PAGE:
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**FINAL**

NICHOLAS A. HARDY, Plaintiff v. MOORE COUNTY, MOORE COUNTY TAX

DEPARTMENT, WILEY BARRETT, and PHILLIP I. ELLEN, Defendants


No. COA98-1007

(Filed 18 May 1999)

Taxation--foreclosure sale--notice to resident of England

    The trial court properly granted summary judgment in favor of defendants in an action alleging failure to comply with N.C.G.S. § 105-375, violations of due process, and constitutional violations arising from a tax foreclosure sale where property in the Pinehurst Resort and Country Club was owned by a resident of England; tax notices were sent to the address furnished by the owner and the taxes were paid; the owner moved to a new address in England in 1993 and arranged for the Royal Mail to forward his mail but did not notify the Moore County Tax Office; tax bills were mailed to the prior address; the only bill returned was in 1994; plaintiff did not pay the 1992 or 1993 bills; the Tax Department filed for a judgment for taxes and began foreclosure in 1994; a notice was mailed by the sheriff to plaintiff's last known address in England; that notice was returned marked “gone away”; the sale was advertised in the local newspaper, as were two subsequent resales; the property was ultimately sold; plaintiff filed this action; and the trial court granted summary judgment for defendants. Although plaintiff contends that there was a genuine issue of material fact as to whether defendants complied with the statutory requirement of due diligence in seeking his address, requiring the Moore County Tax Department to place a telephone call to the Pinehurst Resort and Country Club to obtain plaintiff's address as contended by plaintiff would place an intolerable burden on local taxing units and would render N.C.G.S.§ 105-375 impracticable. Having previously paid the taxes, plaintiff was aware of his responsibility to pay the taxes and to keep the Tax Department informed of any change of address.

    Judge WYNN dissenting.

    Appeal by plaintiff from judgment entered 15 April 1998 by Judge W. Douglas Albright and filed 22 April 1998 in Moore County Superior Court. Heard in the Court of Appeals 1 April 1999.

    Van Camp, Hayes & Meacham, P.A., by Michael J. Newman, for plaintiff-appellant.

    Cunningham, Dedmond, Petersen & Smith, by Bruce T. Cunningham, Jr.; and Holshouser & Suggs, L.L.P., by Robert V. Suggs, for defendant-appellees.

    WALKER, Judge.

    Plaintiff, a resident and citizen of the United Kingdom, challenges the validity of a tax foreclosure sale conducted by the Moore County Tax Department pursuant to N.C. Gen. Stat. §105-375. In 1987, plaintiff, who was then residing in Hong Kong, purchased a lot at the Pinehurst Resort and Country Club. A few years later, plaintiff moved back to England and resided at Snows Ride Windlesham, 14 Hawkes Leap, Surrey, England. Plaintiff furnished this address to the Tax Department and received tax notices at that address. He paid the property taxes assessed by Moore County in 1990 and 1991 as well as for the previous years. In 1993, plaintiff moved to Pinewood Lodge, Heather Drive, Sunningdale, Berkshire, England. Plaintiff arranged for the Royal Mail to forward his mail to his new address; however, he did not notify the Tax Department of his change of address. The Tax Department mailed tax bills to plaintiff at the prior address in 1991, 1992, 1993, 1994, and 1995. The only bill returned to the Tax Department was the 1994 bill marked “gone away” by the Royal Mail. Plaintiff did not pay the 1992 or 1993 tax bills on the property.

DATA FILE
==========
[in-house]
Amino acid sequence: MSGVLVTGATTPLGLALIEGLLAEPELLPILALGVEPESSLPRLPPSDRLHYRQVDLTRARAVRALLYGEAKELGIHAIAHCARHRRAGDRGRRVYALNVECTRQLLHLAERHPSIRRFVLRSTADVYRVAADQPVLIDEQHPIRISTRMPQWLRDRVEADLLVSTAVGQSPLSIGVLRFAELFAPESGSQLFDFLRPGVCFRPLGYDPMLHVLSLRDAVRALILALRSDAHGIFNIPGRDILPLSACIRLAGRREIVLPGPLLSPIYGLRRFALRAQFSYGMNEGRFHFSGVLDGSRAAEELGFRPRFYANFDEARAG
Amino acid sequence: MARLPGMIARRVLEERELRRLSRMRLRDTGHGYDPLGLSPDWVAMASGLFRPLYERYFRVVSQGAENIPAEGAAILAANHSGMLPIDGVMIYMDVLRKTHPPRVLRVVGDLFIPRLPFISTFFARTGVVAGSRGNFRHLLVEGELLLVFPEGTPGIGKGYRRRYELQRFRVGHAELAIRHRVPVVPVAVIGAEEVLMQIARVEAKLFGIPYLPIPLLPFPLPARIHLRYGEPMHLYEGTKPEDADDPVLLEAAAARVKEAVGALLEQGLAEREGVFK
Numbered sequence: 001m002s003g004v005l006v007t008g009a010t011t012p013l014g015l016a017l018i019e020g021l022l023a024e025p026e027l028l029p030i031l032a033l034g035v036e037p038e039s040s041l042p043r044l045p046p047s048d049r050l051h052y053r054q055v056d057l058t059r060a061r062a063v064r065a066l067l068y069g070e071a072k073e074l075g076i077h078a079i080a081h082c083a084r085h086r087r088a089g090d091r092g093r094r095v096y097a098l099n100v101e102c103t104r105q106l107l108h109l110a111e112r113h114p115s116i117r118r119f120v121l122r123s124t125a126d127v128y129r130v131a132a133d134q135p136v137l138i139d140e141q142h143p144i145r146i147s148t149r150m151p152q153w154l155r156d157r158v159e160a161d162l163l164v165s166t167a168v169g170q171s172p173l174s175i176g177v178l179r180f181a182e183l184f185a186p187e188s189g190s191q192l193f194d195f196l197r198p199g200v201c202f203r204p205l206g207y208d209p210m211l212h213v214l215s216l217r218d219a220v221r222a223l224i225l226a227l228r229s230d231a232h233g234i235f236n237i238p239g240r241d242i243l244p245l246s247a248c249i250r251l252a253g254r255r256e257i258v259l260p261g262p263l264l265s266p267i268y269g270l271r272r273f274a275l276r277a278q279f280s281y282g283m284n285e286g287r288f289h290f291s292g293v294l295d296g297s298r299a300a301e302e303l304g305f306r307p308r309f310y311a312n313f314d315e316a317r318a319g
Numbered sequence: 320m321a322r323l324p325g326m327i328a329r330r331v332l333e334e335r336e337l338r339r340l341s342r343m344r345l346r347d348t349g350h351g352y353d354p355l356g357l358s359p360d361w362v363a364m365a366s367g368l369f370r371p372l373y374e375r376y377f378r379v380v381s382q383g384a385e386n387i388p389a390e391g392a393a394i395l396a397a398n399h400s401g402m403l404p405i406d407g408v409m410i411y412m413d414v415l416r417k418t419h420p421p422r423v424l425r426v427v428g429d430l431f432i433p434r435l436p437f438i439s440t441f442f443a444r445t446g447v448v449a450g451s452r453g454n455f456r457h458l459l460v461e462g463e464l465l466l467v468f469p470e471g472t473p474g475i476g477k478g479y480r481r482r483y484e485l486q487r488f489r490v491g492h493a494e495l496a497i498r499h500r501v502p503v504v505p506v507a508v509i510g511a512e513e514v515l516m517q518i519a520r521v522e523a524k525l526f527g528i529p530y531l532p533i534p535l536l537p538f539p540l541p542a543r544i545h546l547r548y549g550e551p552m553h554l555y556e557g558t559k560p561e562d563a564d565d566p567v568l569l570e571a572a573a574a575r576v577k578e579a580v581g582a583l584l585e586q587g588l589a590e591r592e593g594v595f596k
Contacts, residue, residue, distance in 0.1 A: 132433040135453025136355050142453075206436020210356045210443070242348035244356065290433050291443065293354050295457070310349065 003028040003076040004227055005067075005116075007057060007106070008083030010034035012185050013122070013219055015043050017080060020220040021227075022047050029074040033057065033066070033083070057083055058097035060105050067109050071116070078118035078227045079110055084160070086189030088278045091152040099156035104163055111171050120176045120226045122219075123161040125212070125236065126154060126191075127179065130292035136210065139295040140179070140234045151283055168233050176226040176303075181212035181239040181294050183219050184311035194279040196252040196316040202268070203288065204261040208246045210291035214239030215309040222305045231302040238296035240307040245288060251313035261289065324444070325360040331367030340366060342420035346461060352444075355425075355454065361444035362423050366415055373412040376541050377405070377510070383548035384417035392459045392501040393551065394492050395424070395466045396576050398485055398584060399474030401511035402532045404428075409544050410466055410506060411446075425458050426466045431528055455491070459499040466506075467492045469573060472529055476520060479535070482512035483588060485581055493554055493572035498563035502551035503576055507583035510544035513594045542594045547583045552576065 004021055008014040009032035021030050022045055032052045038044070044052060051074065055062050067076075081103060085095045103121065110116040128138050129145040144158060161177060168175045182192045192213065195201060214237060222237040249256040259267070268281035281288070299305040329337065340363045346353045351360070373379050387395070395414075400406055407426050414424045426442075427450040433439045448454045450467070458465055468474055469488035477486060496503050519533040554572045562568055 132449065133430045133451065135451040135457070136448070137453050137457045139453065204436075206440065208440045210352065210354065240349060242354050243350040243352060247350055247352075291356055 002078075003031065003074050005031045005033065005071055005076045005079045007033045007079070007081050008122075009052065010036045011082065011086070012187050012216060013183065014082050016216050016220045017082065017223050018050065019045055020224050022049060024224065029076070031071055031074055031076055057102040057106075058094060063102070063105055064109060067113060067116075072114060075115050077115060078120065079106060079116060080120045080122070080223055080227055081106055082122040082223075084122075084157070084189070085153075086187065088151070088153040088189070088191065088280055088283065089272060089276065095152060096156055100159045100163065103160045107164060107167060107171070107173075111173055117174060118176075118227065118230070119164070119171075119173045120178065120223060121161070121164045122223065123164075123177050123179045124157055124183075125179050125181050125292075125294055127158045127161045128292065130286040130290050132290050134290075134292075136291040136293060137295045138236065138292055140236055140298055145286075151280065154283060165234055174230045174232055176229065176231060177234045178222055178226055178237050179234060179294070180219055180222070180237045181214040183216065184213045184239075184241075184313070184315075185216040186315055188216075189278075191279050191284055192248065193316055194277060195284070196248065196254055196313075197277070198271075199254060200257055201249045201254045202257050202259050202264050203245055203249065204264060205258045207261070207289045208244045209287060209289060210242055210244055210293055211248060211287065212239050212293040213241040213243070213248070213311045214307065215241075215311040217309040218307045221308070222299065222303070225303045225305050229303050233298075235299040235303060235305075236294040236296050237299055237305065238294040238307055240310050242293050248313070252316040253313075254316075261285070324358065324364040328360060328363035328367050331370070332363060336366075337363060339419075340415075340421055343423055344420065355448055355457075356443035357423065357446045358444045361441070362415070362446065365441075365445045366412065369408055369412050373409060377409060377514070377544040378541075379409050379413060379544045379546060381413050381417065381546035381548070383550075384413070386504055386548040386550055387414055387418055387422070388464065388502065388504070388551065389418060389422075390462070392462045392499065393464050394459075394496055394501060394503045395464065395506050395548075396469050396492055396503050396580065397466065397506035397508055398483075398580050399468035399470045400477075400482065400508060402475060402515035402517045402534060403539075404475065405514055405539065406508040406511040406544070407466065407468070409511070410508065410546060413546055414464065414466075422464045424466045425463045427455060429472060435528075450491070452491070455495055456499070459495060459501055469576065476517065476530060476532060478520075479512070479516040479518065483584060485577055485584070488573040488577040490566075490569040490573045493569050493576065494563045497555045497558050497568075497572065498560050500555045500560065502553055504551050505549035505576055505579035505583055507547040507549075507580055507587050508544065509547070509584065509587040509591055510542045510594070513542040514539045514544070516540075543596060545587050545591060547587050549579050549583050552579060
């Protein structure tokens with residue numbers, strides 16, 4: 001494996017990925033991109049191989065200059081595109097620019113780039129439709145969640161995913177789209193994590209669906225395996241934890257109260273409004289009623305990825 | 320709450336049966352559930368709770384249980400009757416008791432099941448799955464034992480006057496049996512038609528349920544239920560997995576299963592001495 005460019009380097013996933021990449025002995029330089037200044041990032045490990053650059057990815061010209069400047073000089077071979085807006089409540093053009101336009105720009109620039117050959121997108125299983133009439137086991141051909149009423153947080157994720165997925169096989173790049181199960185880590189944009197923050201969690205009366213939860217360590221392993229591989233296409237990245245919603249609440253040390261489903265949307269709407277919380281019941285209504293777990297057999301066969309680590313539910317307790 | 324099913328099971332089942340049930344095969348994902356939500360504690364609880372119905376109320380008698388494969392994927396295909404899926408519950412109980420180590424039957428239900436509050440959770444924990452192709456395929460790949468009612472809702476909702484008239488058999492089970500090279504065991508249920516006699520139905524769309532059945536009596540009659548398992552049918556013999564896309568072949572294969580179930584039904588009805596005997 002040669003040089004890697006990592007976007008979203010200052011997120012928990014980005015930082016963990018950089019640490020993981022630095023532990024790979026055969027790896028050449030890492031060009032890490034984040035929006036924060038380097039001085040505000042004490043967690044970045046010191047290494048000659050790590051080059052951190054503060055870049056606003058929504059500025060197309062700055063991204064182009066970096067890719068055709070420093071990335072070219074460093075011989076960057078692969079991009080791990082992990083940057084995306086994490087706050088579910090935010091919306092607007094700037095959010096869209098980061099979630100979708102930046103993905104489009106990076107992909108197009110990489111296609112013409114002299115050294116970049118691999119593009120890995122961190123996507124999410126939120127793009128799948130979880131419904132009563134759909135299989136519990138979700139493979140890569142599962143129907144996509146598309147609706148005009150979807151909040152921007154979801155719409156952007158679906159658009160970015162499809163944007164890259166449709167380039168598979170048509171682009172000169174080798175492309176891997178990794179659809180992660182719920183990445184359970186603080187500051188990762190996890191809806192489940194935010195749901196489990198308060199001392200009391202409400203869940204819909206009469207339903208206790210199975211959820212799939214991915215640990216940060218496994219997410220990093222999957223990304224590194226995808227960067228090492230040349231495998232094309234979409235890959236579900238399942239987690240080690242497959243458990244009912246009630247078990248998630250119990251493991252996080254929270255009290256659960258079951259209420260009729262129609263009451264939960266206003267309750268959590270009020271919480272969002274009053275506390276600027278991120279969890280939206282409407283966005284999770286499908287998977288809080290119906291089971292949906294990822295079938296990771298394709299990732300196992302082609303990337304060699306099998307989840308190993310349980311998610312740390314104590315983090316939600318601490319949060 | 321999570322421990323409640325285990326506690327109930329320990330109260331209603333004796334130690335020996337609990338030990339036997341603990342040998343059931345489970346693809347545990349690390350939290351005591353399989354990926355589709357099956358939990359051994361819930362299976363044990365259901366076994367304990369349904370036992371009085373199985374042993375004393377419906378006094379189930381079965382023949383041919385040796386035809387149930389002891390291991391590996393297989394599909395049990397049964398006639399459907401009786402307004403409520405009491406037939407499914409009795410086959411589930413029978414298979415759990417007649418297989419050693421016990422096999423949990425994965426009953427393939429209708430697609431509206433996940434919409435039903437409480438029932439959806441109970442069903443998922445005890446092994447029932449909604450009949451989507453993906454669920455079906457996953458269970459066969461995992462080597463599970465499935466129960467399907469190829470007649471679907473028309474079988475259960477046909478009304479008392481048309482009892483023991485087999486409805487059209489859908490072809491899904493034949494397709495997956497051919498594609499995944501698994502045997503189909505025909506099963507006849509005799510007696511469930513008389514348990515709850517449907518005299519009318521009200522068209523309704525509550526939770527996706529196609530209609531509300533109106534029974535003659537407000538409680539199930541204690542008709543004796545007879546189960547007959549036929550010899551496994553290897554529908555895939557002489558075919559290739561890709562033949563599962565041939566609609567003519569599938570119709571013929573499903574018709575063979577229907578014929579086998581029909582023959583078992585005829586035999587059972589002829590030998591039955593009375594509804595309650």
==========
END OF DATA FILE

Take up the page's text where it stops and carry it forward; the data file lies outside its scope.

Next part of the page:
On 24 October 1994, the Tax Department filed a judgment for taxes and began foreclosure proceedings to collect the unpaid taxes on the real property. On 22 May 1995, a Notice of Sale of Land under Execution was filed by the sheriff of Moore County who also mailed a copy by Registered Mail to plaintiff's last known address in England. The notice was returned to the sheriff marked “return to sender -- gone away.” The sheriff then advertised the notice of sale in The Pilot, the local newspaper, pursuant to the requirements of N.C. Gen. Stat. § 105-375(c) for four weeks prior to the sale. The original sale was conducted on 27 June 1995 and two subsequent resales were held on 27 July 1995and 25 August 1995 due to upset bids. Each of the resales was advertised for two weeks prior to the sale in The Pilot. Ultimately, the property was sold to the highest bidders--Wiley Barrett and Phillip I. Ellen-- for $6,000, and a sheriff's deed was executed to them on 20 September 1995.
    Plaintiff learned that his property had been foreclosed and sold in May 1996 and filed this action on 12 July 1996 alleging failure to comply with N.C. Gen. Stat. § 105-375, violations of due process, and the unconstitutionality of N.C. Gen. Stat. § 105-375. Defendants Barrett and Ellen moved for summary judgment which the trial court granted for all defendants on 15 April 1998.
    Plaintiff contends there were genuine issues of material fact remaining to be determined and that summary judgment was improperly granted. Plaintiff argues that the issue of whether defendants complied with the statutory requirement of “due diligence” in seeking his address to afford him notice was a question of fact.
    Summary judgment is proper when there is no genuine issue of material fact and the party is entitled to judgment as a matter of law. Daughtry v. McLamb, 132 N.C. App. 380, 512 S.E.2d 91 (1999); see N.C. Gen. Stat. § 1A-1, Rule 56(c)(1990).
    N.C. Gen. Stat. § 105-375 provides an in rem method of foreclosure to local taxing units. N.C. Gen. Stat. § 105-375 (1997). The notice provision of N.C. Gen. Stat. § 105-375(c) states in part:
        A notice stating that the judgment will be docketed and that execution will be issuedthereon shall also be mailed by certified or registered mail, return receipt requested, to the current owner of the property (if different from the listing owner) if: (i) . . . , and (ii) the tax collector can obtain the current owner's mailing address through the exercise of due diligence. If within 10 days following the mailing of said letters of notice, a return receipt has not been received by the tax collector indicating receipt of the letter, then the tax collector shall have a notice published in a newspaper of general circulation in said county once a week for two consecutive weeks directed to, and naming, all unnotified lienholders and the listing taxpayer that a judgment will be docketed against the listing taxpayer.